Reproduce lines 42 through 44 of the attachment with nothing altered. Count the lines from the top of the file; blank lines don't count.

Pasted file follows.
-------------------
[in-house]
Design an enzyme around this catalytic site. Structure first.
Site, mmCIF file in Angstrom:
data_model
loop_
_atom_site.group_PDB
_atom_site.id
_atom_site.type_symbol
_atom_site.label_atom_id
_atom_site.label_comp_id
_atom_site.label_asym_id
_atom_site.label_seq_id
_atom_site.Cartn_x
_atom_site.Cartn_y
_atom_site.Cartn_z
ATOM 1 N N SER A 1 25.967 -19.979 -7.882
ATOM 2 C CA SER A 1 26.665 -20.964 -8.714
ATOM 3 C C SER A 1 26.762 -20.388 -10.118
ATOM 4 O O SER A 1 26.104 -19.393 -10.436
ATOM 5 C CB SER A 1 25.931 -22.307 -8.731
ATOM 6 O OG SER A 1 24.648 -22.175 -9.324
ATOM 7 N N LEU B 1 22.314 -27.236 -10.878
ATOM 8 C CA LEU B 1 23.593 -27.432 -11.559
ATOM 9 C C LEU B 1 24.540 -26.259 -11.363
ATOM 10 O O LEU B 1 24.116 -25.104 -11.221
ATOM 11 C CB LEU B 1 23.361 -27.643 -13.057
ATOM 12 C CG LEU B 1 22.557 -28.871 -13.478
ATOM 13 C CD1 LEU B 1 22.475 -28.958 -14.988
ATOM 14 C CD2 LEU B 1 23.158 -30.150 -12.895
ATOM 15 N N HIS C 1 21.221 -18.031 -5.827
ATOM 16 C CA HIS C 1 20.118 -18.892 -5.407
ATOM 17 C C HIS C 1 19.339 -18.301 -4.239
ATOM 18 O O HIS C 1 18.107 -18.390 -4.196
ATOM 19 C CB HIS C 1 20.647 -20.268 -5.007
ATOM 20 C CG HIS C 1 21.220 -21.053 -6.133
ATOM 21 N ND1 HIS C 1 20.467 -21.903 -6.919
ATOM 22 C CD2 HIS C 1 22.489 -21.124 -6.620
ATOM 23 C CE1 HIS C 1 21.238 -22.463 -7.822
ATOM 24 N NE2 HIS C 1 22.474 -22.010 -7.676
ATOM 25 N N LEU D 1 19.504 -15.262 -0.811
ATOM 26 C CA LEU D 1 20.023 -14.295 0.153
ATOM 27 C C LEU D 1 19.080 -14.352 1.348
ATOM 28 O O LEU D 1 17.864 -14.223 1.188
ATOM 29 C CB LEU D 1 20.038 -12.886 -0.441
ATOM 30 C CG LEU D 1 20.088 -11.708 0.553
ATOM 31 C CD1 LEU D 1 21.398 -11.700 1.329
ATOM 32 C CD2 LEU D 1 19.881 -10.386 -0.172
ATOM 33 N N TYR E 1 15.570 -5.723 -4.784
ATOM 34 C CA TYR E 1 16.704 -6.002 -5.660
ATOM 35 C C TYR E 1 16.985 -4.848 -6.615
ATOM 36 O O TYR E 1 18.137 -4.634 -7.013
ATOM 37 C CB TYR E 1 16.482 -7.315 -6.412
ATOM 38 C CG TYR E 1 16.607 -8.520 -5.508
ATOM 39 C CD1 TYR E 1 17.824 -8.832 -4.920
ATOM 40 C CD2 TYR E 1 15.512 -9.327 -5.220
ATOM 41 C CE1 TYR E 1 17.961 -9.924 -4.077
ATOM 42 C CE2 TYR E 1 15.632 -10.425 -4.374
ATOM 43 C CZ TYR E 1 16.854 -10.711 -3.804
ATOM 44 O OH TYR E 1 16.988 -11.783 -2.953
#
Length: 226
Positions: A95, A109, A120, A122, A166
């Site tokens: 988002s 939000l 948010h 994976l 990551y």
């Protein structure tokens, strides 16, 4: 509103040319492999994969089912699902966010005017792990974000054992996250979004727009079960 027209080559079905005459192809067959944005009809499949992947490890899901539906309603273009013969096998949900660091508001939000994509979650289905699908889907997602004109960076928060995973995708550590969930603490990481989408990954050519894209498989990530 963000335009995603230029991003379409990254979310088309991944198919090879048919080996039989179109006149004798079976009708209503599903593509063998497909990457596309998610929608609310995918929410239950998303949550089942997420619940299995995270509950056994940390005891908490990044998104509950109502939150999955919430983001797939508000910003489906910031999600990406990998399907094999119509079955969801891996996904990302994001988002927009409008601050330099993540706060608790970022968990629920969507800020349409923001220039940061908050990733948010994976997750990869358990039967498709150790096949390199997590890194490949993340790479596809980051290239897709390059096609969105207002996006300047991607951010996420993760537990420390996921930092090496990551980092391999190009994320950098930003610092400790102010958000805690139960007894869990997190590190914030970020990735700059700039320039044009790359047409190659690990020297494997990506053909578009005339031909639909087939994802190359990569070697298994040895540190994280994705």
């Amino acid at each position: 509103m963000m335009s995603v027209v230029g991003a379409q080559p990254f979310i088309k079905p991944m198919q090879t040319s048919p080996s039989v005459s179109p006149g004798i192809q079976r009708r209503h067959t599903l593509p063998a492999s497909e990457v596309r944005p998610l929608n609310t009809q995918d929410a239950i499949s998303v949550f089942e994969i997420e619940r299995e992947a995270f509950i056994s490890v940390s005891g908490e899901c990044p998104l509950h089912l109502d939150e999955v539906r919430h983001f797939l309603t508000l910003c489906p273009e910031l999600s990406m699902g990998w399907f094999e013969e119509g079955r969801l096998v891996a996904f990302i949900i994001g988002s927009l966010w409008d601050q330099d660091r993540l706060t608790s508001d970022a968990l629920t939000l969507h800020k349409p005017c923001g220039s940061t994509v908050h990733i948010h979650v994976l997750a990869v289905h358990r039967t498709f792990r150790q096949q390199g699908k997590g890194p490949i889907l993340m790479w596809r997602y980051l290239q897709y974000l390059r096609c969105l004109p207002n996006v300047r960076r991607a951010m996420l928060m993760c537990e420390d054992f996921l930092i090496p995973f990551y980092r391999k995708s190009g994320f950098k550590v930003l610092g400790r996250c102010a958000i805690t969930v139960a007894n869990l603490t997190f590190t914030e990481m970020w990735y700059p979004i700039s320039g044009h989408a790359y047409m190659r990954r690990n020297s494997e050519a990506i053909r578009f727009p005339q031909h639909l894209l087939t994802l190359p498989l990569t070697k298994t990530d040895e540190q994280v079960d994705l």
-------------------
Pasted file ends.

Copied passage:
ATOM 27 C C LEU D 1 19.080 -14.352 1.348
ATOM 28 O O LEU D 1 17.864 -14.223 1.188
ATOM 29 C CB LEU D 1 20.038 -12.886 -0.441